"Very fine people on both sides..."



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Thursday, May 3, 2018

Hate Groups Re Birth In America





Pro Publica Re-Post

Ranks of Notorious Hate Group Include Active-Duty Military
A Marine took part in the violent assaults in Charlottesville last summer and later bragged about it online with other members of Atomwaffen, an extremist group preparing for a race war. The involvement of current or former service members — often with sophisticated weapons training — in white supremacist groups has long been a concern.


    Vasillios Pistolis, a U.S. Marine, clubs a man with a wooden flagpole during the deadly white supremacist rally in Charlottesville on Aug. 12, 2017. (Samuel Corum/Anadolu Agency/Getty Images)





    This story was co-published with Frontline PBS.
    The 18-year-old, excited by his handiwork at the bloody rally in Charlottesville, Virginia, last summer, quickly went online to boast. He used the handle VasillistheGreek.
    “Today cracked 3 skulls open with virtually no damage to myself,” the young man wrote on Aug. 12, 2017.
    Vasillios Pistolis had come to the now infamous Unite the Right rally eager for such violence. He belonged to a white supremacist group known as Atomwaffen Division, a secretive neo-Nazi organization whose members say they are preparing for a coming race war in the U.S. In online chats leading up to the rally, Pistolis had been encouraged to be vicious with any counter-protestors, maybe even sodomize someone with a knife. He’d responded by saying he was prepared to kill someone “if shit goes down.”
    One of Pistolis’ victims that weekend was Emily Gorcenski, a data scientist and trans woman from Charlottesville who had shown up to confront the rally’s hundreds of white supremacists. In an online post, Pistolis delighted in how he had “drop kicked” that “tranny” during a violent nighttime march on the campus of the University of Virginia. He also wrote about a blood-soaked flag he’d kept as a memento.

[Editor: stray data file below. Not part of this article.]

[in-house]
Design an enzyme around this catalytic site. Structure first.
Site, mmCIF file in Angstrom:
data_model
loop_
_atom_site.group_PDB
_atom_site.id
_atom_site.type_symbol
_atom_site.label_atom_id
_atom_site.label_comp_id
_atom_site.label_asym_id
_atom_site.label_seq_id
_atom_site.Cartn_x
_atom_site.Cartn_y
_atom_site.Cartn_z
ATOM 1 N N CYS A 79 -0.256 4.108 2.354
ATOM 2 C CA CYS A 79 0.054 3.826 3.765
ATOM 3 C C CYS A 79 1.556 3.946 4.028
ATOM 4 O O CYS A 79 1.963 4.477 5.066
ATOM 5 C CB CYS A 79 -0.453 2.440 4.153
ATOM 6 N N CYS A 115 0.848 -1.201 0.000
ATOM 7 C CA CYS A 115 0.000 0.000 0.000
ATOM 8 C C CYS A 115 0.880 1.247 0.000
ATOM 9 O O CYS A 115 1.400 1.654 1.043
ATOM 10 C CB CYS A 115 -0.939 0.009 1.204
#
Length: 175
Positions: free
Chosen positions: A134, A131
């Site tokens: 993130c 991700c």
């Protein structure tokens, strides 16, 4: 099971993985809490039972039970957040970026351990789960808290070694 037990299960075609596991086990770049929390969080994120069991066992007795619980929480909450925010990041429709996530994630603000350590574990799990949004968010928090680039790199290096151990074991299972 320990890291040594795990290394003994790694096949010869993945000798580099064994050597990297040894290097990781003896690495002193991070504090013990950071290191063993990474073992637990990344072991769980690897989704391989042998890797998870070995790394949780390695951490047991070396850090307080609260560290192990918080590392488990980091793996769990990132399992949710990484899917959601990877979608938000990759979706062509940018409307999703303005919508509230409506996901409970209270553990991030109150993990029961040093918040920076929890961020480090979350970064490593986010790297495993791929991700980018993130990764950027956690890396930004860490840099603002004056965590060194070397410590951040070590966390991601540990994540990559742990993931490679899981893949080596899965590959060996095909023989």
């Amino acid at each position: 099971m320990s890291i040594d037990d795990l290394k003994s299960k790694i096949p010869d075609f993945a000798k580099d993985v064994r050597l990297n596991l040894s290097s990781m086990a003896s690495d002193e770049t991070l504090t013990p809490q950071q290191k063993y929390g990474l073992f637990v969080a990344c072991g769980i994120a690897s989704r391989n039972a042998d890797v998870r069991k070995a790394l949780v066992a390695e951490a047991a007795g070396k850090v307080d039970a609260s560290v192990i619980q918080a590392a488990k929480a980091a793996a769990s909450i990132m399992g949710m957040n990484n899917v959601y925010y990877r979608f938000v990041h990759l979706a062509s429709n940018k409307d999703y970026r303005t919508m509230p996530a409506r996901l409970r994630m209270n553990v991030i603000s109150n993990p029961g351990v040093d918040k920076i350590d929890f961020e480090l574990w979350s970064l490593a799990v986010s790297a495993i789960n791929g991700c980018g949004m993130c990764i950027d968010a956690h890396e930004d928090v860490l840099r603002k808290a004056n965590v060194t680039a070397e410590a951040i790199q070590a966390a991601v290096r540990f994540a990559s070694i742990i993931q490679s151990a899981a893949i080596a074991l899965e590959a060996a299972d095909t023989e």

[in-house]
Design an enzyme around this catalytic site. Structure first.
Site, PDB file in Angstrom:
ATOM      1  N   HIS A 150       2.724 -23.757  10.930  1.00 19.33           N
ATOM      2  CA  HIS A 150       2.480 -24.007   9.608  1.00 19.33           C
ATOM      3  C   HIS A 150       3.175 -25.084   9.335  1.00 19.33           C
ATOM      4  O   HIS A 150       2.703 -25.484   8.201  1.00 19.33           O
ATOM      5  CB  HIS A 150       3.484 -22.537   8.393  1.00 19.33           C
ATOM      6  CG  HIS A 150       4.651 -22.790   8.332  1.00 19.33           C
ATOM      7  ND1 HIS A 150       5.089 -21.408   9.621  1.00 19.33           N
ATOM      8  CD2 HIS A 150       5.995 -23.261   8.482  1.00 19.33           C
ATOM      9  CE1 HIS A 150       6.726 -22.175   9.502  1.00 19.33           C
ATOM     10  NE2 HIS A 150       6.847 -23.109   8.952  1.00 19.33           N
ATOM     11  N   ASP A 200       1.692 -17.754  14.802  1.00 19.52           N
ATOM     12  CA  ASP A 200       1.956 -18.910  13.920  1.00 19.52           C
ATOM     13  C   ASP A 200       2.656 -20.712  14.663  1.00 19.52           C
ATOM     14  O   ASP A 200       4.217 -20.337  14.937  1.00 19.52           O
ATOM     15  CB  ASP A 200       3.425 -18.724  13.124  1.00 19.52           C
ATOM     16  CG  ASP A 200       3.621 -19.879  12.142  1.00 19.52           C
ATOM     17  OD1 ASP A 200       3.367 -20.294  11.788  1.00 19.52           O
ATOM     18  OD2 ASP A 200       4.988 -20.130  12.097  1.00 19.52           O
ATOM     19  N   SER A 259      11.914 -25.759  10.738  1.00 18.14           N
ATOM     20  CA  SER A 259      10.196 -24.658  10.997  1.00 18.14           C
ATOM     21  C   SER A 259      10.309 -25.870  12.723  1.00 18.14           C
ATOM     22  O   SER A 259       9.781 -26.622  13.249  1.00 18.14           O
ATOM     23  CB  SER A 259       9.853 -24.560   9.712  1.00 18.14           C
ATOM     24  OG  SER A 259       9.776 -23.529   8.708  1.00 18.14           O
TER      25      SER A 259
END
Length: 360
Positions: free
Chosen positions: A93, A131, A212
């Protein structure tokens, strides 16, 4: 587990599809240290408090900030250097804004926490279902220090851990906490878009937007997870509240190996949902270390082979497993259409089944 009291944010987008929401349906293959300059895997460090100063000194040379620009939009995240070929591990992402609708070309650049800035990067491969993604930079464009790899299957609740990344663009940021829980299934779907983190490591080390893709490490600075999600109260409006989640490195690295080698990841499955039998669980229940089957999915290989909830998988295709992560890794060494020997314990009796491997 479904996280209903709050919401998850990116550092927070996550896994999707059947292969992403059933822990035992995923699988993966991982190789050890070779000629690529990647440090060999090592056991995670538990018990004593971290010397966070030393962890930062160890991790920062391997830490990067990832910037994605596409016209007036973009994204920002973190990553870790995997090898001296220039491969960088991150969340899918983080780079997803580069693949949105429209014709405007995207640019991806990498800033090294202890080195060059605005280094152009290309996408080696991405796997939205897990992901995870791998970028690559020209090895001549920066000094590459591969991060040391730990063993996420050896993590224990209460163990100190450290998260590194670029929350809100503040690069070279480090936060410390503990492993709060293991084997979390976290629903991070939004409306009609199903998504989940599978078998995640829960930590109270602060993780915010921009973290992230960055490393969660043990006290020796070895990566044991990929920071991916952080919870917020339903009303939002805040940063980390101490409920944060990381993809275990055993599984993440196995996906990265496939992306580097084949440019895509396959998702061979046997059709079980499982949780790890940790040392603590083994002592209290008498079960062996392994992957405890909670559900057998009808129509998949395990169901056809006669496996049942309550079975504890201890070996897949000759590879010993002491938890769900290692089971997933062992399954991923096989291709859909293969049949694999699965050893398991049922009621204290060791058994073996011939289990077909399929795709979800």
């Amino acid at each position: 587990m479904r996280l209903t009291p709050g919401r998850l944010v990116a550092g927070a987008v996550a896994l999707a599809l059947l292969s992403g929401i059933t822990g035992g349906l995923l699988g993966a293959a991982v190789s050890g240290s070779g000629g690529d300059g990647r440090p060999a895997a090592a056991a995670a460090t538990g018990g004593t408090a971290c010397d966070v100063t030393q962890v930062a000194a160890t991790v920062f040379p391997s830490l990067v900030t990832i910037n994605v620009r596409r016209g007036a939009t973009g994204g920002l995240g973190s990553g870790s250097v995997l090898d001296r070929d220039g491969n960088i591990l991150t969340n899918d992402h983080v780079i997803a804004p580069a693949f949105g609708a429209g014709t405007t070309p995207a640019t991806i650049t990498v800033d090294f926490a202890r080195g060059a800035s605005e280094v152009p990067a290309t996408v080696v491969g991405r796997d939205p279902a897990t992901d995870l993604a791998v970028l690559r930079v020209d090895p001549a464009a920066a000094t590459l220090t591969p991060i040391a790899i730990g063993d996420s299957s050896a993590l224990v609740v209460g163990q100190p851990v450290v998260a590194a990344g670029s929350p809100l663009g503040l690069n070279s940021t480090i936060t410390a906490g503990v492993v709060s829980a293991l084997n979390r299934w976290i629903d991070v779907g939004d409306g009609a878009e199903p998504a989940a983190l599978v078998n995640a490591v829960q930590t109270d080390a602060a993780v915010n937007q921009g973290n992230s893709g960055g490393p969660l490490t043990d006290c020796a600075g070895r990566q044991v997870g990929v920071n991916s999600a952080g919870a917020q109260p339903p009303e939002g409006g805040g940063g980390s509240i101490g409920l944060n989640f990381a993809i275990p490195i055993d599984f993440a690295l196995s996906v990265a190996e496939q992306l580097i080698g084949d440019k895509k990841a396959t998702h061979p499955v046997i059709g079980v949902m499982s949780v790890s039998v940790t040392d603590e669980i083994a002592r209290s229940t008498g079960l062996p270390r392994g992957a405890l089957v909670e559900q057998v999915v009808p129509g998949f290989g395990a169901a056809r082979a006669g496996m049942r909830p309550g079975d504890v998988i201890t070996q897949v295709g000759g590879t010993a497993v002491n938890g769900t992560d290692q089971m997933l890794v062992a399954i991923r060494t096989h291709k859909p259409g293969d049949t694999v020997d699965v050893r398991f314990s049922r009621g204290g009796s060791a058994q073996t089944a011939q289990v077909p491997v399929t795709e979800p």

“Not my blood,” he took care to note.

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    Thursday, February 15, 2018

    Parkland Terrorist A Member Of White Supremacist Group?



    Do you recall Donald Trump saying what follows within hours of the Charlottesville Virginia White supremacist rally?


    Well......

    The Anti-Defamation League

    Group Admits Ties to Alleged Parkland School Shooter Nikolas Cruz

    February 15, 2018

     Nikolas Cruz ROF
    Excerpt 
    A spokesperson for the white supremacist group Republic of Florida (ROF) told the Anti-Defamation League on Thursday, February 15, that Nikolas Cruz, the man charged with the previous day’s deadly shooting spree at a Parkland, Florida, high school, was associated with his group. 
    On Wednesday, February 14, , Cruz, 19, a former student at Marjory Stoneman Douglas High School, allegedly entered the school with an AR-15 and opened fire, killing at least 17 people and injuring 14 more. Cruz left the scene but was later captured by police and has been charged with premeditated murder.